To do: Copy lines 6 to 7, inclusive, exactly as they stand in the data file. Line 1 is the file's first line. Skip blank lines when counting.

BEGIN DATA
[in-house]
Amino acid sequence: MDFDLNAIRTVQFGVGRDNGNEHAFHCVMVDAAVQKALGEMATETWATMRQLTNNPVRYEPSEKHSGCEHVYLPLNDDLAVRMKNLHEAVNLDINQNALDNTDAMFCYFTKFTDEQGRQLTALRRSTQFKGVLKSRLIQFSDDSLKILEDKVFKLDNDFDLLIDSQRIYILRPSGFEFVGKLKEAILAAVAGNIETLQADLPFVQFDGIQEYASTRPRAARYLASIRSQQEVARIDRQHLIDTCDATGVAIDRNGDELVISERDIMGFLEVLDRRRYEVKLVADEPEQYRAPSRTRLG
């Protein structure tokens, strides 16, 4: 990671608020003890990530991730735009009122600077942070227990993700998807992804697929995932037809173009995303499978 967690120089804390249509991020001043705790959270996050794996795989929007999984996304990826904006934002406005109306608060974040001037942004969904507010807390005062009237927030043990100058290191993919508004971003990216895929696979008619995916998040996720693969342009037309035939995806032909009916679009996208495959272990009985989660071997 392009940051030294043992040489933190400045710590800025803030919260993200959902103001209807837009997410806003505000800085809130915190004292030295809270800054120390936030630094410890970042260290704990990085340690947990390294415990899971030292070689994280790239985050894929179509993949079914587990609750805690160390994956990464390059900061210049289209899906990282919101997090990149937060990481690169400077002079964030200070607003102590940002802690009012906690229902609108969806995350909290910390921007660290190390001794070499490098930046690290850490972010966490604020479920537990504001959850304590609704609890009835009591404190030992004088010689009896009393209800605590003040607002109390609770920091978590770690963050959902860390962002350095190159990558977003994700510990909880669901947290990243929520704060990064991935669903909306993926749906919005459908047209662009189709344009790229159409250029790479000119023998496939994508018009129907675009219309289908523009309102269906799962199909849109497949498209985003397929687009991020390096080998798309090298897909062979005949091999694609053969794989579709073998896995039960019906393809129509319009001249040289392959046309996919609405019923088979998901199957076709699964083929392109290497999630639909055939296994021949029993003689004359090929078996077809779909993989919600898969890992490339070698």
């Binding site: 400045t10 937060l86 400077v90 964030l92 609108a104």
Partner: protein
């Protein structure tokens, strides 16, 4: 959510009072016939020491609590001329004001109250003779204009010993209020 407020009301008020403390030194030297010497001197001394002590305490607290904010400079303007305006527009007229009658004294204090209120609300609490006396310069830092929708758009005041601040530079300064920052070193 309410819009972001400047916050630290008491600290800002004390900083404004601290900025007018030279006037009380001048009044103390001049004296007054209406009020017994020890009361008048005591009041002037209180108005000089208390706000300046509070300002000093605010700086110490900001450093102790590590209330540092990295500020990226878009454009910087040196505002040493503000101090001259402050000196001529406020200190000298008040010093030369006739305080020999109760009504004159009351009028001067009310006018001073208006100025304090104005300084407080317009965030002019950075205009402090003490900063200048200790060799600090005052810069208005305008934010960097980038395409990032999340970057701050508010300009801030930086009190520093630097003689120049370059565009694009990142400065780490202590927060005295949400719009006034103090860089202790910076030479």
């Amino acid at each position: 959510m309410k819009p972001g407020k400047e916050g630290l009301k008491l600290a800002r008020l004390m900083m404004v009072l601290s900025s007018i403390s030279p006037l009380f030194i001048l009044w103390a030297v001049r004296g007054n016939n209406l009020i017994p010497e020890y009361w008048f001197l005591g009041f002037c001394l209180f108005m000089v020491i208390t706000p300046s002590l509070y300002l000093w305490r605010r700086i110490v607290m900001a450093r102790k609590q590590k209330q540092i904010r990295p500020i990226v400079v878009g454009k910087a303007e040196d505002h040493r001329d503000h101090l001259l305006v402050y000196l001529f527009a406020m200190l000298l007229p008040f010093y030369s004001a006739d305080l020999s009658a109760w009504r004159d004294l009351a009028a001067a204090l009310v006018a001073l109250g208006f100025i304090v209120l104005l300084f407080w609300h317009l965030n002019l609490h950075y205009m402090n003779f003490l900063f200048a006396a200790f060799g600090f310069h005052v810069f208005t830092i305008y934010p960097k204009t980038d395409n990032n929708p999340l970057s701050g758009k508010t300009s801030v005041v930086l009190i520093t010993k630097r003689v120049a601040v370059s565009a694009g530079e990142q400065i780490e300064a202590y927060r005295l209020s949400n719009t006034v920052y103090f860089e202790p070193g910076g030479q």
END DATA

């Protein structure tokens, strides 16, 4: 959510009072016939020491609590001329004001109250003779204009010993209020 407020009301008020403390030194030297010497001197001394002590305490607290904010400079303007305006527009007229009658004294204090209120609300609490006396310069830092929708758009005041601040530079300064920052070193 309410819009972001400047916050630290008491600290800002004390900083404004601290900025007018030279006037009380001048009044103390001049004296007054209406009020017994020890009361008048005591009041002037209180108005000089208390706000300046509070300002000093605010700086110490900001450093102790590590209330540092990295500020990226878009454009910087040196505002040493503000101090001259402050000196001529406020200190000298008040010093030369006739305080020999109760009504004159009351009028001067009310006018001073208006100025304090104005300084407080317009965030002019950075205009402090003490900063200048200790060799600090005052810069208005305008934010960097980038395409990032999340970057701050508010300009801030930086009190520093630097003689120049370059565009694009990142400065780490202590927060005295949400719009006034103090860089202790910076030479």
């Amino acid at each position: 959510m309410k819009p972001g407020k400047e916050g630290l009301k008491l600290a800002r008020l004390m900083m404004v009072l601290s900025s007018i403390s030279p006037l009380f030194i001048l009044w103390a030297v001049r004296g007054n016939n209406l009020i017994p010497e020890y009361w008048f001197l005591g009041f002037c001394l209180f108005m000089v020491i208390t706000p300046s002590l509070y300002l000093w305490r605010r700086i110490v607290m900001a450093r102790k609590q590590k209330q540092i904010r990295p500020i990226v400079v878009g454009k910087a303007e040196d505002h040493r001329d503000h101090l001259l305006v402050y000196l001529f527009a406020m200190l000298l007229p008040f010093y030369s004001a006739d305080l020999s009658a109760w009504r004159d004294l009351a009028a001067a204090l009310v006018a001073l109250g208006f100025i304090v209120l104005l300084f407080w609300h317009l965030n002019l609490h950075y205009m402090n003779f003490l900063f200048a006396a200790f060799g600090f310069h005052v810069f208005t830092i305008y934010p960097k204009t980038d395409n990032n929708p999340l970057s701050g758009k508010t300009s801030v005041v930086l009190i520093t010993k630097r003689v120049a601040v370059s565009a694009g530079e990142q400065i780490e300064a202590y927060r005295l209020s949400n719009t006034v920052y103090f860089e202790p070193g910076g030479q």